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Domestic Violence Court Provides Alternative to Incarceration

Prosecutors determine which cases are appropriate for transfer to the Domestic Violence Court, created in 2006 to better address the serious problem.
(ST. JOSEPH, Mo.)  In 2013, St. Joseph police responded to more than 3,200 domestic disturbance calls, about an average of close to ten per day. In the past, maybe nothing was done with many of these cases.

"A lot of times domestic violence cases would be filed," said Keith Marquart, Associate Circuit Judge for Buchanan County. "The victim would often bond out the defendant and then the victim would come to court in a week or two and want the case dismissed and nothing was ever done."

That doesn't happen anymore thanks to Domestic Violence Court, created in 2006 partially through the work of Marquart working with the Buchanan County Prosecutor's Office and area service agencies.

The prosecutor's office evaluates every domestic violence case carefully before determining if a case is appropriate for Domestic Violence Court.

"First of all, I look at their history," said Assistant Prosecutor Kristina Zeit, who primarily handles all the Domestic Violence Court cases. "I always contact the victim and talk to the victim before making an ultimate decision about what has to happen. Do they have a violent history in that relationship or other relationships?"

Instead of jail time for eligible offenders, there is the chance for treatment. The 52-week program addresses anger issues, education and even addresses substance abuse.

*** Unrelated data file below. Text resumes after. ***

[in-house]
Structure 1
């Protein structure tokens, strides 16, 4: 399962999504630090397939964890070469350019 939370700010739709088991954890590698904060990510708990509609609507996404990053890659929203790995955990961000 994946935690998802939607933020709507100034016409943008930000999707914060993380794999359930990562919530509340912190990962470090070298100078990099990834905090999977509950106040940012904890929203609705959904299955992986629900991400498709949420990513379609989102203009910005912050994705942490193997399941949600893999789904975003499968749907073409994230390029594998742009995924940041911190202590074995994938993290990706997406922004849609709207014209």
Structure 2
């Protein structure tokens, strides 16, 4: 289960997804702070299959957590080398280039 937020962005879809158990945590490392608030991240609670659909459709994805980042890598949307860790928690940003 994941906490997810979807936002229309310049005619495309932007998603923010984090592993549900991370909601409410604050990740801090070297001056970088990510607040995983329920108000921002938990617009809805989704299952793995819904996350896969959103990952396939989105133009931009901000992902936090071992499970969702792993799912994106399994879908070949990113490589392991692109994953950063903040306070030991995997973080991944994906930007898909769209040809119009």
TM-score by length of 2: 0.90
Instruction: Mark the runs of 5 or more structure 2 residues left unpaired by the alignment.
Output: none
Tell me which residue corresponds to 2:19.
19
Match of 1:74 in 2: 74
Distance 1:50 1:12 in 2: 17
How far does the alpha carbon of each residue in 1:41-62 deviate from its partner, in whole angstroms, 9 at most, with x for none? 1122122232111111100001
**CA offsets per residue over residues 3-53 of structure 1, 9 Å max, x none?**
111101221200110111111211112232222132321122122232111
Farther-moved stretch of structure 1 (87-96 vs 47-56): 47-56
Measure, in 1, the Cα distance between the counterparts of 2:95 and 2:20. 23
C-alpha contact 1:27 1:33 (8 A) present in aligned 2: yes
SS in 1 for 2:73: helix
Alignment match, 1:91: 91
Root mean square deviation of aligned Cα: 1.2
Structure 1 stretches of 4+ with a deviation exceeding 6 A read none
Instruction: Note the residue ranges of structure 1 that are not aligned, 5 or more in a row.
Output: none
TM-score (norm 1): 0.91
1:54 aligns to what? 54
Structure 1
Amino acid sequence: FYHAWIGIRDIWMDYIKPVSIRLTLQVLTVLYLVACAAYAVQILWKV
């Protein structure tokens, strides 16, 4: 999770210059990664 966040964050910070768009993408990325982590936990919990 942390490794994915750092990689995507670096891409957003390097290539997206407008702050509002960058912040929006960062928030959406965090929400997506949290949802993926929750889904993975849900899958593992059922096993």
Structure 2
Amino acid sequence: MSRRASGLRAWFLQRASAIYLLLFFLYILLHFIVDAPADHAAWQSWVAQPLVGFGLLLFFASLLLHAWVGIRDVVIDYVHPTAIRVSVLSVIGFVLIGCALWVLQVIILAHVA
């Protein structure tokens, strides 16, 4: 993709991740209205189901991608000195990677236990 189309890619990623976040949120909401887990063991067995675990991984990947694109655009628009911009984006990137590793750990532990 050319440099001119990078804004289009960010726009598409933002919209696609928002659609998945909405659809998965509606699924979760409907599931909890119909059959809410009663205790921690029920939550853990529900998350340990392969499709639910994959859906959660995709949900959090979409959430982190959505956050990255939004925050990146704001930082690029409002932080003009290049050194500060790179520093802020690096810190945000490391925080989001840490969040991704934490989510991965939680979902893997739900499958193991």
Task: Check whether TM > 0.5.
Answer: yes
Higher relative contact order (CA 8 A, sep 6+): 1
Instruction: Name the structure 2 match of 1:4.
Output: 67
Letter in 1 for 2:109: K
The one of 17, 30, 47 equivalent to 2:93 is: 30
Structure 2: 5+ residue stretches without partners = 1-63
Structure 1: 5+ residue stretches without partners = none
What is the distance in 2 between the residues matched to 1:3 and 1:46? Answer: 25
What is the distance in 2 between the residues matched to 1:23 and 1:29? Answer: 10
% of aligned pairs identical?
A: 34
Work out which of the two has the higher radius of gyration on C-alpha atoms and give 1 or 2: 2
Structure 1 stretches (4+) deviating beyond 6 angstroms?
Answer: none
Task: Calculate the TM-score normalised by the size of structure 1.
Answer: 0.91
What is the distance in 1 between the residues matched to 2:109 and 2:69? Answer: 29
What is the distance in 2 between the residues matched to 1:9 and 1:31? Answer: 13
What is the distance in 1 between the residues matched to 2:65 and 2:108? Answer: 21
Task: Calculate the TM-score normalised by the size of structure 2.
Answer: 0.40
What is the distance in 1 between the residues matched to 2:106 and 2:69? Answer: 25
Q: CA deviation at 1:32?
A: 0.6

"This isn't a punishment, said Lisa Doyle, director of Addiction Awareness, the St. Joseph agency that treats the offenders. "This is to help them turn around the characteristics that were causing them relationship problems."

The program handles 65 people at a time. Marquart says these are people who are working to improve themselves instead of being incarcerated.

"The jail is not overcrowded," he said. "We're not expending money over at the jail for incarceration and we're actually making people's lives better."

At the end of one year of treatment, those involved in the program see results.

"For those that actually start the program, we have an over 50 percent success rate of them completing the program," Doyle said. "It's really amazing to see the changes in those clients."

Judge Marquart says other counties are wanting to create domestic violence courts similar to the one in Buchanan County.

He says they have receive recent visits from representatives from Springfield, St. Charles, Branson and other locations looking to model similar programs.
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